9. An amount of Rs. 901/- was paid to the petitioner-wife at the time of execution of deed of divorce. By no stretch of reasoning, it can be said that an amount of Rs. 901/- would be sufficient amount to maintain oneself for the whole life. An amount of Rs. 901/- would not be even sufficient for maintaining oneself for a period of even one year. The so-called compromise was arrived at on Dec. 21, 1981. The application was filed on April 18, 1983. The amount of Rs. 901/- would have been spent on the bare necessities of life in the very first year. By no stretch of reasoning, it can be said that the amount was sufficient to meet with the maintenance liabilities for the entire period of life. The amount of Rs. 901/- was an illusory amount and both the courts below have come to grossly erroneous finding that the application was not maintainable on account of the fact that an amount of Rs. 901/-was determined as lump sum payment towards future maintenance. In view of the aforesaid position of law and in view of the fact that the lower Courts have proceeded on wholly erroneous basis, this Court will have to examine the record and pass appropriate order with regard to maintenance.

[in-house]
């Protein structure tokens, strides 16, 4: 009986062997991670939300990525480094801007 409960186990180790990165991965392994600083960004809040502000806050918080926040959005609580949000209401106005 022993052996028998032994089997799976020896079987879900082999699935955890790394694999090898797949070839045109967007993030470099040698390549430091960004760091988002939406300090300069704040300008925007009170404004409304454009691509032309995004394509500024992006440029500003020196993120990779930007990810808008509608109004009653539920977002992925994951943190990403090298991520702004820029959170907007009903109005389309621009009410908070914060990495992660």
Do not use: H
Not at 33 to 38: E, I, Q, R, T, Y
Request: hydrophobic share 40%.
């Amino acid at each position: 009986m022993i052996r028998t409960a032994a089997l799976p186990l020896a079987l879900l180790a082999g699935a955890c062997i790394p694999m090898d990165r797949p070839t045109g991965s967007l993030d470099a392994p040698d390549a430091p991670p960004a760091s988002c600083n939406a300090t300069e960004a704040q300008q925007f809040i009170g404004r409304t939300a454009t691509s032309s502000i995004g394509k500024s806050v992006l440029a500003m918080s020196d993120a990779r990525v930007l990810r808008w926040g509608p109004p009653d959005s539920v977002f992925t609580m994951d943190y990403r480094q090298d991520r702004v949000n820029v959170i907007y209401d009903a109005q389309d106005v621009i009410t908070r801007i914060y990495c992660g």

10. The trial Court has held that the petitioner-wife had sufficient means to earn her livelihood. The reasoning adopted by the trial Court, to say the least, is perverse. The petitioner was forced to live as parasite with her parents. She was forced to do agriculture work for her father. This is considered to be sufficient means of earning livelihood. This sort of reasoning and conclusion is nothing but the result of pervert way of looking at the life. The learned Magistrate ought to have realised that one does not live the life of parasite out of volition. The fact that she is required to live her life as destitute and if she helps in the agriculture work of her father, it can never be said that she had sufficient means to earn her livelihood. The fact that she is forced to go to her parents' place and live there as parasite itself should be considered sufficient to hold that she was unable to maintain herself.